Goldman Sachs lowers the chance of a US recession subsequent yr

Lower Manhattan skyline and One World Trade Center in New York City and the Water’s Soul sculpture on July 11, 2023 in Jersey City, New Jersey. (Photo by Gary Hershorn/Getty Images)

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Goldman Sachs has revised down the probability of a US recession over the next 12 months, cutting the probability from 25% to 20% on positive economic activity.

The investment bank’s chief economist Jan Hatzius cited a string of better-than-expected economic data in a research report released on Monday.

“The main reason for our cut is that recent data have boosted our confidence that a recession will not be needed to bring inflation down to acceptable levels,” he said.

Citing resilient US economic activity, the chief economist said second-quarter GDP growth came in at 2.3%. The rebound in consumer sentiment and the drop in the unemployment rate to 3.6% in June also added to Goldman’s optimism.

The US economy grew 2% on an annualized basis in the first quarter. Last Thursday, Labor Department data showed that initial jobless claims for the week ended June 24 fell to 239,000, well below estimates of 264,000 and down 26,000 from the previous week.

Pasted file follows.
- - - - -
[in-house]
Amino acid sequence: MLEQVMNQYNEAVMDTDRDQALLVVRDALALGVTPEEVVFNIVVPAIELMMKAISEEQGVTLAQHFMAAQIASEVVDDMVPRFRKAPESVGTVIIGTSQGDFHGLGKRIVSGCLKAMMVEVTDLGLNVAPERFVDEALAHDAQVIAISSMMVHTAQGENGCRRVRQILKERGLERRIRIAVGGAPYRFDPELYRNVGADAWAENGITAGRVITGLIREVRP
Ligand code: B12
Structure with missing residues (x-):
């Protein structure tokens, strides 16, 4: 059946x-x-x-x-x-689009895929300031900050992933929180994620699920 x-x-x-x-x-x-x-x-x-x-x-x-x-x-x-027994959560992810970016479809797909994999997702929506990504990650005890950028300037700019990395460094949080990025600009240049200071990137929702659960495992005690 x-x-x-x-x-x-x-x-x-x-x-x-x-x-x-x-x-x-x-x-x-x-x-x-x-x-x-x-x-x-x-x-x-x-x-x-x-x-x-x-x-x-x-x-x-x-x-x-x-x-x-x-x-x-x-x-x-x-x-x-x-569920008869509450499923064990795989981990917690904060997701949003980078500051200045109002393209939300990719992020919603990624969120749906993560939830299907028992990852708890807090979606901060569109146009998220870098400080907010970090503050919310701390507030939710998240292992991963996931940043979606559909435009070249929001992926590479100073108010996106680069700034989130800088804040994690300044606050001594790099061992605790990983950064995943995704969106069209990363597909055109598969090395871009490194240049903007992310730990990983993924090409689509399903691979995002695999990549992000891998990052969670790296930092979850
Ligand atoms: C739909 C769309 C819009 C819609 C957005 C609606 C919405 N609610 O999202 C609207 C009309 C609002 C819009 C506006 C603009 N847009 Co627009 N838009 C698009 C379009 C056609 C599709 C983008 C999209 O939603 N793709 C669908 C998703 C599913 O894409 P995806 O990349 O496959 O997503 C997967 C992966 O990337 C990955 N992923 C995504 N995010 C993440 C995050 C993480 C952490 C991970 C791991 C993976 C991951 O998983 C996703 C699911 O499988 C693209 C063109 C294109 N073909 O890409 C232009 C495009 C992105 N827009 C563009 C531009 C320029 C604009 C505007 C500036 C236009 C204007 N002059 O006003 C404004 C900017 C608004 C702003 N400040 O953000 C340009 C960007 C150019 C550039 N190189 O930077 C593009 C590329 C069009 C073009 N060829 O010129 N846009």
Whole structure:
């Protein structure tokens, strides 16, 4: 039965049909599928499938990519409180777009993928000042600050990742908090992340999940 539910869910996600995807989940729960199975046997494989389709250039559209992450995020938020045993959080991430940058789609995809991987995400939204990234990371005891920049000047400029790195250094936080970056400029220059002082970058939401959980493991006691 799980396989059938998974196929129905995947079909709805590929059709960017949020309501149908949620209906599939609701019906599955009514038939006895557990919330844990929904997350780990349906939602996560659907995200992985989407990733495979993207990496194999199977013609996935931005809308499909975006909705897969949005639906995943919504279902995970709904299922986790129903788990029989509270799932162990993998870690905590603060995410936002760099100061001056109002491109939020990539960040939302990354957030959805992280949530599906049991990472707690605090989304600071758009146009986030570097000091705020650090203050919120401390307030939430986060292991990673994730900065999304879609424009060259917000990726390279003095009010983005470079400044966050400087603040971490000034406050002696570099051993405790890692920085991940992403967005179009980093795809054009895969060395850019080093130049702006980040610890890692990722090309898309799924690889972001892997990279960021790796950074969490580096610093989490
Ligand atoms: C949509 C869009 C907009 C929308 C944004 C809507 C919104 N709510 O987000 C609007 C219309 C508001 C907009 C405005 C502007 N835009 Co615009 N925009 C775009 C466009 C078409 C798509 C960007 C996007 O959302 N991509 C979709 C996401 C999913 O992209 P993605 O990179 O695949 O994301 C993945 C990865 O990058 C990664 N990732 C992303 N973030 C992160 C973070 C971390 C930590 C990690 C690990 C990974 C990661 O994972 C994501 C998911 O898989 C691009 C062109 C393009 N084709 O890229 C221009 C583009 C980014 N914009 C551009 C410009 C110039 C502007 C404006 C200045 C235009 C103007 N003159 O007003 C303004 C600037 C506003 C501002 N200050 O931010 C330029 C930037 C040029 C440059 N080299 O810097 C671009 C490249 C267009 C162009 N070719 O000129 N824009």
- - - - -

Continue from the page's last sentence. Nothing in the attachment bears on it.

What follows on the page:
There are also “strong fundamental reasons” that the moderation in CPI will continue after June core inflation (excluding food and energy) rose at the slowest pace since February 2021.

However, the investment bank expects some deceleration in subsequent quarters due to sequentially slower real disposable personal income growth.

“But the easing of financial conditions, the recovery in the real estate market and the ongoing boom in factory construction all suggest that the US economy will continue to grow, albeit at a below-trend pace,” Hatzius said.

Goldman still expects a 25 basis point rate hike at the upcoming Federal Reserve meeting next week, but Hatzius believes this could be the last time in the current cycle.

—CNBC’s Michael Bloom contributed to this report.

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